Block on Trump's Asylum Ban Upheld by Supreme Court
Both lawsuits are about the wonderful world of doping, of course.
A-Rod claims the MLB and Commissioner Bud Selig are after "vigilante justice" as part of a "witch hunt" stemming from his Biogenesis of America anti-aging clinic's doping scandal, reports The Associated Press.
The lawsuit, filed Thursday in New York State Supreme Court, seeks unspecified compensatory and punitive damages for tortious interference.
A claim of tortious interference is based on the notion that the possessor of a contract or other property right is entitled to pursue a claim against an intermeddler who adversely affects those property rights.
Here, A-Rod claims the MLB and Selig's interference have potentially cost him tens of millions of dollars in current and future business relationships, including lost sponsorships with Nike and Toyota and having his voice cut from an animated movie, "Henry & Me," according to The AP.
To constitute tortious interference, the defendant must act intentionally -- negligence is not enough.
In this case, Rodriguez claims the league and Selig are intentionally trying to "destroy the reputation and career of Alex Rodriguez."
Los Angeles Angels slugger Albert Pujols filed a lawsuit against Jack Clark for making comments on a local radio show accusing Pujols of using steroids, reports The St. Louis Post-Dispatch.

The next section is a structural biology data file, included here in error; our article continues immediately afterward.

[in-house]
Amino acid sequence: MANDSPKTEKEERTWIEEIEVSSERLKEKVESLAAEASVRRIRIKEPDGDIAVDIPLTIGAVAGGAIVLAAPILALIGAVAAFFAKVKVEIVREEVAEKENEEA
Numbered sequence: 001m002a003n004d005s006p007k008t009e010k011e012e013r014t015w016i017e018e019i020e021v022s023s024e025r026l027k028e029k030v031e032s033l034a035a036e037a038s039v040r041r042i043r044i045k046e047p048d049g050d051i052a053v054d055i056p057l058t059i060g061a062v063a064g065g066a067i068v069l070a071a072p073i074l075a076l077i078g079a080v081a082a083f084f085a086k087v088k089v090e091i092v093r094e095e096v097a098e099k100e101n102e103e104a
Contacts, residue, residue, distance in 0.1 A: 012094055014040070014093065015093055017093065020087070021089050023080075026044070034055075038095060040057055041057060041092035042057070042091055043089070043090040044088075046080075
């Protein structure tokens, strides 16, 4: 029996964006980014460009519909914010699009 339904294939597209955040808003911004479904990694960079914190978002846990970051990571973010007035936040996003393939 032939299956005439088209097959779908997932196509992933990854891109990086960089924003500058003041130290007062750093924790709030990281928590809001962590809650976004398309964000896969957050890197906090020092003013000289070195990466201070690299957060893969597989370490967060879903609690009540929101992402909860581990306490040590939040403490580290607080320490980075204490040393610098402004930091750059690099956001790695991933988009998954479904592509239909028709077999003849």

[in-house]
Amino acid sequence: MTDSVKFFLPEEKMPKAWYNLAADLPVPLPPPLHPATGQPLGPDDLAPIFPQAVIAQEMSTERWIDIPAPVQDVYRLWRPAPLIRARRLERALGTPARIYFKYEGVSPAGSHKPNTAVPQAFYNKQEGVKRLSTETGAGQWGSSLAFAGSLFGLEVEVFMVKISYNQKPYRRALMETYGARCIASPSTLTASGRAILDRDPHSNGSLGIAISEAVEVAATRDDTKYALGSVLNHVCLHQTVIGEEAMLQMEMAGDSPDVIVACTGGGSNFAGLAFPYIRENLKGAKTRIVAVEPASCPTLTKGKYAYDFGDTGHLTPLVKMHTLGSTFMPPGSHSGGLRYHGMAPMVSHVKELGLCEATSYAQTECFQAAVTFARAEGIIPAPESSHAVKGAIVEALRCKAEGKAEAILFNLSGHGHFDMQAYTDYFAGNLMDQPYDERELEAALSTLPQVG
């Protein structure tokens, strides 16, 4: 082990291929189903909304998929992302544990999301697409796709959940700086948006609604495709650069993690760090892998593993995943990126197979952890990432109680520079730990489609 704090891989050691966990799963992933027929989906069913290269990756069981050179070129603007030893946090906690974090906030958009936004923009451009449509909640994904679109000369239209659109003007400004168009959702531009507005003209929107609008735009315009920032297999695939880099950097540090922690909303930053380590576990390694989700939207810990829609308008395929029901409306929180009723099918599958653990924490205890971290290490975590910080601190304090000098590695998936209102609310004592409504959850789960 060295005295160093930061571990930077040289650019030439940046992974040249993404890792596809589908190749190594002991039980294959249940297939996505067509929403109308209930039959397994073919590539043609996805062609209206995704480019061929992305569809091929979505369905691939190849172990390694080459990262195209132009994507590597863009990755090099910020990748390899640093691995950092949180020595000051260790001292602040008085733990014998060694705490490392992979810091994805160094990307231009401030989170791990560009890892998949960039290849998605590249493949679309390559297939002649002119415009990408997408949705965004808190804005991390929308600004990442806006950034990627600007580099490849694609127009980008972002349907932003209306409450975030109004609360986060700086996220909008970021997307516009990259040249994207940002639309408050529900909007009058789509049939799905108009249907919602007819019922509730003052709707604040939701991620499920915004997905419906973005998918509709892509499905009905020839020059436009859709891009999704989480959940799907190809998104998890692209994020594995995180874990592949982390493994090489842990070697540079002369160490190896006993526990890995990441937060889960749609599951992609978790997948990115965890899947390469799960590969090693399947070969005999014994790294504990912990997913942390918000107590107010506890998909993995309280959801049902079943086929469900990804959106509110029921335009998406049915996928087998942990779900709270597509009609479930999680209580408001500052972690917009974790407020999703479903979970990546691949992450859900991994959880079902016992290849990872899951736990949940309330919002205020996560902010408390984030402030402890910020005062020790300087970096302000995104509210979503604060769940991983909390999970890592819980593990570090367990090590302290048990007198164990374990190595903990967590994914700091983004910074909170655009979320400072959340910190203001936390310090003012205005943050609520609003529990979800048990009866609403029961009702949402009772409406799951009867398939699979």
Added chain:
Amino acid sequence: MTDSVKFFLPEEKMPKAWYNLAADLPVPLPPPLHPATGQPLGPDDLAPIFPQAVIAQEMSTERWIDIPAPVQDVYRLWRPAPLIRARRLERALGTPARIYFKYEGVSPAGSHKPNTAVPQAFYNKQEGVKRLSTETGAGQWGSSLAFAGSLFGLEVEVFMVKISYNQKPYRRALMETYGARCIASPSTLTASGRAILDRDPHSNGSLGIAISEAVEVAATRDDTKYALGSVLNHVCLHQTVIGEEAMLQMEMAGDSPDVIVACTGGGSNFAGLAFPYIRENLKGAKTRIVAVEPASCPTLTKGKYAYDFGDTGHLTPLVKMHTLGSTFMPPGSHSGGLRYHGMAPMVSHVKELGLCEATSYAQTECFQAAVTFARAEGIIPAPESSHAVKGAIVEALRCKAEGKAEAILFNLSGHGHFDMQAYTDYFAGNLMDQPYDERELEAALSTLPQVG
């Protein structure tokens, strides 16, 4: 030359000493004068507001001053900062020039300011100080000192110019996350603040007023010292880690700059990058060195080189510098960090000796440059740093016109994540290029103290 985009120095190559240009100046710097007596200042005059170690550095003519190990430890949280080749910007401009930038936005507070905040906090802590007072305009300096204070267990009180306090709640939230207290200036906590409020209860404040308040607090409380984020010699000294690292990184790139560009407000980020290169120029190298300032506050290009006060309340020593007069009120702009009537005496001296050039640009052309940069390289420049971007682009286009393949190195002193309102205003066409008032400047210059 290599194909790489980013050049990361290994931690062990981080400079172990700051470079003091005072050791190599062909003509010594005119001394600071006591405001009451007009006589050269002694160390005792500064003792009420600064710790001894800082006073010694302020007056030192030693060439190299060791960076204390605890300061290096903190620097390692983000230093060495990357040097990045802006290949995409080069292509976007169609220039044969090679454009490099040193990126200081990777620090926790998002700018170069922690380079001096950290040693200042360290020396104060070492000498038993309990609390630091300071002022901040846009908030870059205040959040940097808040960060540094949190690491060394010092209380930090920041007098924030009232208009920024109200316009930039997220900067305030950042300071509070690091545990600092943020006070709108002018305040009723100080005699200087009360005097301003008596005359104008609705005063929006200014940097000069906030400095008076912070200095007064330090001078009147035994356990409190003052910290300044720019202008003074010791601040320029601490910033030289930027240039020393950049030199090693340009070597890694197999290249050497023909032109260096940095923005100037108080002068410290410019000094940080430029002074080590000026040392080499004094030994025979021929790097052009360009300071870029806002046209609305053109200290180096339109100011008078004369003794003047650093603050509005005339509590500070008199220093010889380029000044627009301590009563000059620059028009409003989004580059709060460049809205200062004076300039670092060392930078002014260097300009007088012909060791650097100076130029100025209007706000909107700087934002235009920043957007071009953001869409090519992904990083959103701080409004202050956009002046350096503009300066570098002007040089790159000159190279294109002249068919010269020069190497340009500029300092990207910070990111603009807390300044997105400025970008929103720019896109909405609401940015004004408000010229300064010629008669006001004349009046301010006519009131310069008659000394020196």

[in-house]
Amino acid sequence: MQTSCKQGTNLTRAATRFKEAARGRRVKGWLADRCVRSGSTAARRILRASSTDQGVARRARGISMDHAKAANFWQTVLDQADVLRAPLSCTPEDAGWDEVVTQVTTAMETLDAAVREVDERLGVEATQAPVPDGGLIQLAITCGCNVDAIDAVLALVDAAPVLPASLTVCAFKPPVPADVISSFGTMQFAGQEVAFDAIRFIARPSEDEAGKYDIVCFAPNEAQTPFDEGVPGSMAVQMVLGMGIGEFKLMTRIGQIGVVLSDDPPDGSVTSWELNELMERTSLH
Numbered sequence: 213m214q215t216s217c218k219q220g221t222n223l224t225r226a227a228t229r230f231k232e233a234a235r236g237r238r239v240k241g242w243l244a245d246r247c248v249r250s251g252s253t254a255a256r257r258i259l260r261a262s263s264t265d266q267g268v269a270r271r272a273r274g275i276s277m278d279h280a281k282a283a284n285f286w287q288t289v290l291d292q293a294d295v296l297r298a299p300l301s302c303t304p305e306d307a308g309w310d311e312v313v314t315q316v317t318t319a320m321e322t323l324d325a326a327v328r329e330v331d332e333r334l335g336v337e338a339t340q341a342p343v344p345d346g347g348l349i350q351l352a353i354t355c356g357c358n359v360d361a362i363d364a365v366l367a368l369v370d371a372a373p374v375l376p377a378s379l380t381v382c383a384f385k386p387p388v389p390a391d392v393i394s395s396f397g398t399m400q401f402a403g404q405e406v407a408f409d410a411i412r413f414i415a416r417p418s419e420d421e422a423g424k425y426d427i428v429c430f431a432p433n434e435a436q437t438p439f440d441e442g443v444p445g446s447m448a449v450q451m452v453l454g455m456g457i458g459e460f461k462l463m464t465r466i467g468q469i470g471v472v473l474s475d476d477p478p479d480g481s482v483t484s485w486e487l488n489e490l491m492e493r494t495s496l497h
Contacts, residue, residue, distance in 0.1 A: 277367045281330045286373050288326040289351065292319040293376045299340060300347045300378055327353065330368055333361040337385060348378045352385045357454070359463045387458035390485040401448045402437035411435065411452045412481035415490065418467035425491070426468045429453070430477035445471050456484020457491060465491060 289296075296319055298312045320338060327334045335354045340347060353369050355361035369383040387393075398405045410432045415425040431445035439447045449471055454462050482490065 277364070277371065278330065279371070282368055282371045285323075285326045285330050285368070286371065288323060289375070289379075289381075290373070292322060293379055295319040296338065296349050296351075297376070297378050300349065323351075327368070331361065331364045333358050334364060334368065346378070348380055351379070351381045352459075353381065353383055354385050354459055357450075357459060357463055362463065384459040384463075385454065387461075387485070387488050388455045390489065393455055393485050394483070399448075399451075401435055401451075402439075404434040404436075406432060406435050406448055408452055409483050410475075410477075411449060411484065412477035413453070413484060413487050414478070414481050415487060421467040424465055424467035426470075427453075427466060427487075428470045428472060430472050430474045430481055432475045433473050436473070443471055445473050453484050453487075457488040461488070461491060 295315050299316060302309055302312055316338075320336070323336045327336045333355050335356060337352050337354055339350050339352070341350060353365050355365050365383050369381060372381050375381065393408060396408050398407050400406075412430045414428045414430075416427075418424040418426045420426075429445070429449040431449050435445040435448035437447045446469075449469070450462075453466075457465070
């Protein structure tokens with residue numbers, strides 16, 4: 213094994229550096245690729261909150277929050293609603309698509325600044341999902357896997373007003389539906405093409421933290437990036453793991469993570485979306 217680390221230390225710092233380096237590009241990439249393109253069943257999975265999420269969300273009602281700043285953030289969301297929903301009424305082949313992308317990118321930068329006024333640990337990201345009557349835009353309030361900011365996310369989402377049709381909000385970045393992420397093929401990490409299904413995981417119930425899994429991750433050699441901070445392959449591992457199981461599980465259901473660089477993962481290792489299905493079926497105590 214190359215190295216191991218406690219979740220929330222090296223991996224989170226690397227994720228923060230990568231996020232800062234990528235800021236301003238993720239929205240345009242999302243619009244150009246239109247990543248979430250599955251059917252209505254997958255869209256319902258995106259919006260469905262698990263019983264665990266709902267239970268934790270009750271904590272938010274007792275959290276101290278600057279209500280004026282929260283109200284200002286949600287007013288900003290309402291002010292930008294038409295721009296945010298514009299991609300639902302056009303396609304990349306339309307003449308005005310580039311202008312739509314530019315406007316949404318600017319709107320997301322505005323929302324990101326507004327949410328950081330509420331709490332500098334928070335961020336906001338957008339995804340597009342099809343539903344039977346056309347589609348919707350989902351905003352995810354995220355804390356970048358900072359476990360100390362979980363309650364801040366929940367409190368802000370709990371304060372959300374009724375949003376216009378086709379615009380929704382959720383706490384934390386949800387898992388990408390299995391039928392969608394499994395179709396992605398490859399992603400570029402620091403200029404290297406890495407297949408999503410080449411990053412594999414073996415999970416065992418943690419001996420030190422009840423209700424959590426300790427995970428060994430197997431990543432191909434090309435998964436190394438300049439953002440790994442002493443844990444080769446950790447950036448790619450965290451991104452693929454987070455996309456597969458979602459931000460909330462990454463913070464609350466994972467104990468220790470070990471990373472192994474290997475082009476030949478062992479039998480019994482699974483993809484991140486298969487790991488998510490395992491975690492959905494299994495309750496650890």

In early August, Clark said during his "The King and the Ripper" radio program on WGNU 920 AM that he knew "for a fact" that Pujols used steroids and performance enhancing drugs.
According to the lawsuit, those comments have damaged Pujols' reputation, causing him personal humiliation, mental anguish and anxiety.
Radio host Clark is talking legal-smack on the lawsuit and is "looking forward to the discovery process and the deposition of Mr. Pujols," reports The Dispatch. Translation: Clark thinks the trial will bring the truth out -- and the truth will be that Pujols used steroids.
Pujols seeks unspecified damages and asks for a determination and declaration that Clark's statements are false, reports The Dispatch.
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